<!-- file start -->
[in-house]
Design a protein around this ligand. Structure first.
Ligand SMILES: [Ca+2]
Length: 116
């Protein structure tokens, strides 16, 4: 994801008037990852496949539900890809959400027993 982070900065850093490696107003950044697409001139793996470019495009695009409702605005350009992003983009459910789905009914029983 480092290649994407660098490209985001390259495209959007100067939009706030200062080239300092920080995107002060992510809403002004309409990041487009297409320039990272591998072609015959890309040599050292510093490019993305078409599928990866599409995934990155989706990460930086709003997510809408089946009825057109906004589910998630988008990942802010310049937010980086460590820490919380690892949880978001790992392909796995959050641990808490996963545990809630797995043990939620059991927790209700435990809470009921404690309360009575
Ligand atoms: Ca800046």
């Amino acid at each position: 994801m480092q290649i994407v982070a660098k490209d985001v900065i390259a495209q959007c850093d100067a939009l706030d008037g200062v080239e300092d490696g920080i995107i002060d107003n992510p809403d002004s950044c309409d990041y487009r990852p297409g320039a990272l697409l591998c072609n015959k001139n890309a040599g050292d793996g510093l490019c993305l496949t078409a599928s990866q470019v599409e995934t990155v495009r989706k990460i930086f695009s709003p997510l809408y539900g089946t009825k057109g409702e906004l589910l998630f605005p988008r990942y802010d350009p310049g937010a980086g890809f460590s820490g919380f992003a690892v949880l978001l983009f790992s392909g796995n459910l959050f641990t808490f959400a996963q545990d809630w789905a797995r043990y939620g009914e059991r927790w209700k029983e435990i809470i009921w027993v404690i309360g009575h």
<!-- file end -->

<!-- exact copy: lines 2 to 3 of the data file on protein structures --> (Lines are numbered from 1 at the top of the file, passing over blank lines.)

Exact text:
Design a protein around this ligand. Structure first.
Ligand SMILES: [Ca+2]